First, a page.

Despite the Russian Constitution guaranteeing freedom of conscience and religion for all, Donald Ossewaarde has been charged with a criminal offence for holding a peaceful Church service in his own home.
A US Baptist pastor found guilty of ‘conducting illegal missionary activities’ in Russia has taken his case to the European Court of Human Rights.
Donald Ossewaarde held weekly Bible meetings at his home in Oryol, Russia for years before ‘anti-terrorism’ laws were used to charge him with conducting illegal activity. He was found guilty and given a fine of 40,000 rubles (over $600).
He has made several appeals, including one to the Russian Supreme Court, all of which have been unsuccessful. Today he filed his appeal, citing the violation of religious liberty, to the European Court of Human Rights, with the support of ADF International, a legal organisation that advocates for religious freedom.
‘Freedom of religion is one of the most fundamental rights. Nobody should be persecuted because of their faith. Despite the Russian Constitution guaranteeing freedom of conscience and religion for all, Donald Ossewaarde has been charged with a criminal offence for holding a peaceful Church service in his own home,’ said Laurence Wilkinson, Legal Counsel for ADF International and leading lawyer on Ossewaarde’s case.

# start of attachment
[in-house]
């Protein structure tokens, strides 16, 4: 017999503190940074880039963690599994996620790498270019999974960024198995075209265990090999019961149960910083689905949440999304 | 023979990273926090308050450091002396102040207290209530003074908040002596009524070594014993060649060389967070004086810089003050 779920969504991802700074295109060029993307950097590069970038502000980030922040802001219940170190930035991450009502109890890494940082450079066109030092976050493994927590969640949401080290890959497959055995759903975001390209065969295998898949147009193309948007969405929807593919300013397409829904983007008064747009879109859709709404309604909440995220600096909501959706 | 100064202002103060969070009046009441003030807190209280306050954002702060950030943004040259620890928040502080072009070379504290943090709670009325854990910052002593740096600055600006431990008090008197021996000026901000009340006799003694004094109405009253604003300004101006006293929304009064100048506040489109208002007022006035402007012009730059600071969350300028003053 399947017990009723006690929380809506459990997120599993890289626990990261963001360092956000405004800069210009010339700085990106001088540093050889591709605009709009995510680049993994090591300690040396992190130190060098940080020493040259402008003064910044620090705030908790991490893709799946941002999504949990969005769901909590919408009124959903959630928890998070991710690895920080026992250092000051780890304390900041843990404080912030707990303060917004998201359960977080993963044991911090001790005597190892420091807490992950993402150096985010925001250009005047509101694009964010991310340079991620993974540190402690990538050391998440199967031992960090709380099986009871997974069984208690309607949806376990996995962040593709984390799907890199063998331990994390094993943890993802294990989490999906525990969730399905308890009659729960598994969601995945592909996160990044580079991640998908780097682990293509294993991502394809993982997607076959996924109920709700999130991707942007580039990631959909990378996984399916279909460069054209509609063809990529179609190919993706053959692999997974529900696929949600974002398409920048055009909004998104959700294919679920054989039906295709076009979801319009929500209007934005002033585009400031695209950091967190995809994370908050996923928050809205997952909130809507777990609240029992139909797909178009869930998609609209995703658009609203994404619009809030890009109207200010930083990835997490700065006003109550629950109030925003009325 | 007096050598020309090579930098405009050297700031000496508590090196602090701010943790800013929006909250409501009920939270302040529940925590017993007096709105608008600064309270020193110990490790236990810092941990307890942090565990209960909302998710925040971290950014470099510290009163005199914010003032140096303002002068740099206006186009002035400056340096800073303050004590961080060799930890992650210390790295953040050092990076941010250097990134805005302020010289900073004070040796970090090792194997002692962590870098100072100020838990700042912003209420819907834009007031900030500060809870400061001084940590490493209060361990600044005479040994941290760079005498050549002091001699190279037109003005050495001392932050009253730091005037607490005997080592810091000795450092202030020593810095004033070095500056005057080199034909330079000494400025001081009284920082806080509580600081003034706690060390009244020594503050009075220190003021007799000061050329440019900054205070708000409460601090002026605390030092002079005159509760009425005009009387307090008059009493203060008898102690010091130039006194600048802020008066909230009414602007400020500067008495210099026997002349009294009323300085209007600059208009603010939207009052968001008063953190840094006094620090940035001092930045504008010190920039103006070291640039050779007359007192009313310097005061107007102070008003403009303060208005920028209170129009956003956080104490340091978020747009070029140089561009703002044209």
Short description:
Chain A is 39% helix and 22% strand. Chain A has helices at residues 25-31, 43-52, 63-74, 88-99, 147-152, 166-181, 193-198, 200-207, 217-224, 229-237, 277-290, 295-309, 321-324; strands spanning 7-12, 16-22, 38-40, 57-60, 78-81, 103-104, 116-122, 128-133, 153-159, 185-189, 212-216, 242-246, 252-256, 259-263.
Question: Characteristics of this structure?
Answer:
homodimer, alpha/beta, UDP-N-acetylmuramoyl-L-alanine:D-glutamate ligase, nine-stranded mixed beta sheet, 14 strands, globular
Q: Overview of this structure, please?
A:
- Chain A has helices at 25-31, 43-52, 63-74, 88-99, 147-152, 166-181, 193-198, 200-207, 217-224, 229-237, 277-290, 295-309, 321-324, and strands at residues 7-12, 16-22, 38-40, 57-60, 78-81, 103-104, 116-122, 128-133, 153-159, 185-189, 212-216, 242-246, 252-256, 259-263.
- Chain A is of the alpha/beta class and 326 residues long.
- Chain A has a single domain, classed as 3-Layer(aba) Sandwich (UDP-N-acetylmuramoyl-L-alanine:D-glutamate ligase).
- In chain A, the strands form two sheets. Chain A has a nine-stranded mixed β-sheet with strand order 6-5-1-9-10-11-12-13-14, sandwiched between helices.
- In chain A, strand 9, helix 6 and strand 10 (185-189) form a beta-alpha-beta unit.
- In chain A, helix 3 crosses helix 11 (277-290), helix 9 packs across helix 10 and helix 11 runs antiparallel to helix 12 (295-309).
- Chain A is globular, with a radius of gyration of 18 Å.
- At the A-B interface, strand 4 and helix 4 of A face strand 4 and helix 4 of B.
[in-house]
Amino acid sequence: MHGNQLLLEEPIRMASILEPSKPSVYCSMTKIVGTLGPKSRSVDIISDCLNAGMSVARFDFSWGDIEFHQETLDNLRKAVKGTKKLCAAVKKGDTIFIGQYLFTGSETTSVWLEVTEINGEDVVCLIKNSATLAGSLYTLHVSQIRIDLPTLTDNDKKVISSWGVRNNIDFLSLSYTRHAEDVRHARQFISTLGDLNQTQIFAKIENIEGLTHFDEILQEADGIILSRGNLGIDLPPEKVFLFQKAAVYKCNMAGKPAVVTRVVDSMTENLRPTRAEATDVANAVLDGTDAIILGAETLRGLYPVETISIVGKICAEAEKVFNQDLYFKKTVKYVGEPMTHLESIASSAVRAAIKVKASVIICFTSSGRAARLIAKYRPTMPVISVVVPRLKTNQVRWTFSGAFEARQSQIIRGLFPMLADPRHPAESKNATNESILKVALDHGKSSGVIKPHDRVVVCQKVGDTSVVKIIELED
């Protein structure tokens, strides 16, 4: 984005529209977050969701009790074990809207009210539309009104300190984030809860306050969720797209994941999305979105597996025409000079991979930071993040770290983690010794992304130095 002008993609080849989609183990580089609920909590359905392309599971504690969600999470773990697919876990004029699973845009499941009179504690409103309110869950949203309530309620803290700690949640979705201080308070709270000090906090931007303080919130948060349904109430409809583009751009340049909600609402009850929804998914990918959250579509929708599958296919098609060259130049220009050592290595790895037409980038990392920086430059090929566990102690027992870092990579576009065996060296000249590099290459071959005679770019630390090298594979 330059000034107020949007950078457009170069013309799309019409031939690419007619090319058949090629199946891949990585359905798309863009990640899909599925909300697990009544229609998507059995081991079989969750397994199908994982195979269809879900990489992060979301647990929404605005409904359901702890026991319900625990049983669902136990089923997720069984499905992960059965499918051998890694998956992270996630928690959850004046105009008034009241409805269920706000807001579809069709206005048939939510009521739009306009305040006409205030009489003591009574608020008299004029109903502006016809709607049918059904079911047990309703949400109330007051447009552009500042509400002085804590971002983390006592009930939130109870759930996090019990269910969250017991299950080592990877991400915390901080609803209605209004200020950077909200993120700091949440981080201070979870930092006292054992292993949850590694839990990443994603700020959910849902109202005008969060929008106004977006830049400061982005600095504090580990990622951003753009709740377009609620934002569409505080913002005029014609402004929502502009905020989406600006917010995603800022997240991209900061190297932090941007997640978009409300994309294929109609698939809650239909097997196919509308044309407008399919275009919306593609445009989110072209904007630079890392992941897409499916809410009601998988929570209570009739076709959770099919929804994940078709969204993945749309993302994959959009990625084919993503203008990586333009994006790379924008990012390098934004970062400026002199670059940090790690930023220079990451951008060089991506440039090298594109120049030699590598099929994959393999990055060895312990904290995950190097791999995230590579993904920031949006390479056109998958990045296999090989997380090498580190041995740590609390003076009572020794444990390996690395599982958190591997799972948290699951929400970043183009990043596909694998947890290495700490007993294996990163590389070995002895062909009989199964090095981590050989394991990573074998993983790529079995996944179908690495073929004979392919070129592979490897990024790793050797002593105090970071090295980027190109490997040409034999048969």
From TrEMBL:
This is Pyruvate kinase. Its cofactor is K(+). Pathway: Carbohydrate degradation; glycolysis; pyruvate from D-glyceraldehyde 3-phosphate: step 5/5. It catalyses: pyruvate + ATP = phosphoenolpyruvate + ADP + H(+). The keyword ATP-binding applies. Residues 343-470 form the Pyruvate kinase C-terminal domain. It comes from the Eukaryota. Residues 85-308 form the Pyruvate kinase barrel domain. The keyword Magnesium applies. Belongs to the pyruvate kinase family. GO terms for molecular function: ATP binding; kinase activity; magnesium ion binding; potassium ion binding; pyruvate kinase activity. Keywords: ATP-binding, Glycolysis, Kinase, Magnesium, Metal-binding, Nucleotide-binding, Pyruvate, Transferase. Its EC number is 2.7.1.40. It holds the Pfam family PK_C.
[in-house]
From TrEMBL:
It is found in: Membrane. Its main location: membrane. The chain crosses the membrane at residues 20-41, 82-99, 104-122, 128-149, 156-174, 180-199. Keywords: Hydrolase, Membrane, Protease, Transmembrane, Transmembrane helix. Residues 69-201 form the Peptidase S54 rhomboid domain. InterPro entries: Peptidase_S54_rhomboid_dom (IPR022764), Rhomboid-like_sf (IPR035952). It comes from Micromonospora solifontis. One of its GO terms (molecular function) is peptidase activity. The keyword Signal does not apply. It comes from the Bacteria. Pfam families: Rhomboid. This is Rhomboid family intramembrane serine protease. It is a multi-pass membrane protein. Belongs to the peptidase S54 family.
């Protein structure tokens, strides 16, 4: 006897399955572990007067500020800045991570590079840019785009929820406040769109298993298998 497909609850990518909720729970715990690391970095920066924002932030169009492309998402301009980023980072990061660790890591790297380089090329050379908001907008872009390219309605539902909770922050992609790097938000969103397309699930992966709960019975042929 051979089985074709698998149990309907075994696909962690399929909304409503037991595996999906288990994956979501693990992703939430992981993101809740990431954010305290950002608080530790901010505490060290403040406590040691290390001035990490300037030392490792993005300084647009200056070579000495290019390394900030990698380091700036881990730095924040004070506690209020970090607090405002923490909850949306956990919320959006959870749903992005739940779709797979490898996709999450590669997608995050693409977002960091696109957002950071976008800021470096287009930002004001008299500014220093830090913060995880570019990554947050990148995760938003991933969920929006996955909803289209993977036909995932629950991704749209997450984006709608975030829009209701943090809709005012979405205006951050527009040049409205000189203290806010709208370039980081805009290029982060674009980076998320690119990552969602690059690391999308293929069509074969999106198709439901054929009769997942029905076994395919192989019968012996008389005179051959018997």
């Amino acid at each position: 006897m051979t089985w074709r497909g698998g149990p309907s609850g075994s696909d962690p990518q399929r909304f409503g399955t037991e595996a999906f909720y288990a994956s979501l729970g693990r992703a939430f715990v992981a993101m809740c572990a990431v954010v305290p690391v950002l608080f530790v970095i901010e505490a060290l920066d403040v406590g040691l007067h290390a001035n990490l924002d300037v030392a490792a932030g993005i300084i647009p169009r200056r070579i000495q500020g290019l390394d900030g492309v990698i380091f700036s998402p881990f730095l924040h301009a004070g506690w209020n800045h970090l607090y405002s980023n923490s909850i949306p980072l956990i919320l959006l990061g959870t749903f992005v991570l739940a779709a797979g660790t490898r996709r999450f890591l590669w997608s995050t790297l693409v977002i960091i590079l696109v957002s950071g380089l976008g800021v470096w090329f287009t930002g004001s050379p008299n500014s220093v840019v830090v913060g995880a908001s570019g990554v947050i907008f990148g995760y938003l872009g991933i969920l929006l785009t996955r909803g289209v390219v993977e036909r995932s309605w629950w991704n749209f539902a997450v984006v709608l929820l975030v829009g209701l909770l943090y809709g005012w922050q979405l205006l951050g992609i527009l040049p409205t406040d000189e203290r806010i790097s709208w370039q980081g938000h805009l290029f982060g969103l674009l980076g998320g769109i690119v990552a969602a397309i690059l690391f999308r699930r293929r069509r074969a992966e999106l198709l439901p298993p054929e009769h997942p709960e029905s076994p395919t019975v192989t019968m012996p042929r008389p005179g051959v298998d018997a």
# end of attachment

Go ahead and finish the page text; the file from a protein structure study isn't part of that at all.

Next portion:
She added: ‘His conviction is a hugely concerning development for religious freedom across Russia in general, and for Christian missionaries in particular.’
Ossewaarde, an American citizen, is the first US missionary to be charged under the so-called ‘Yarovaya’ counter-terrorism legislation introduced in July 2016. Policemen came to his home on August 14, 2016, to interrupt the ‘illegal’ Bible study he and his wife were hosting, then took him to the local police station to be charged.
According to Ossewaarde, the court refused to allow time for his lawyers to come from Moscow for the initial hearing, and then provided a lawyer for him. In a ‘confidential conversation’ after the hearing, this court appointed lawyer advised him to accept the verdict and pay the fine without appeal. He then said that it would be better for the American to leave the city, because anything might happen to him and his family. Ossewaarde has extensively documented his experience on his personal website.
Wilkinson added: ‘An appeal to the European Court of Human Rights represents a last resort in challenging a law that appears to violate the fundamental right of religious freedom in Russia. As a signatory to the European Convention on Human Rights, the Russian government should reconsider the scope of its counter-terrorism laws to guarantee the right to freedom of religion for all of its inhabitants.
‘While the new legislation aims to prevent terrorist activity, it has had a devastating effect on religious activities that cannot be considered dangerous in any sense, as Donald Ossewaarde’s case and many others prove.’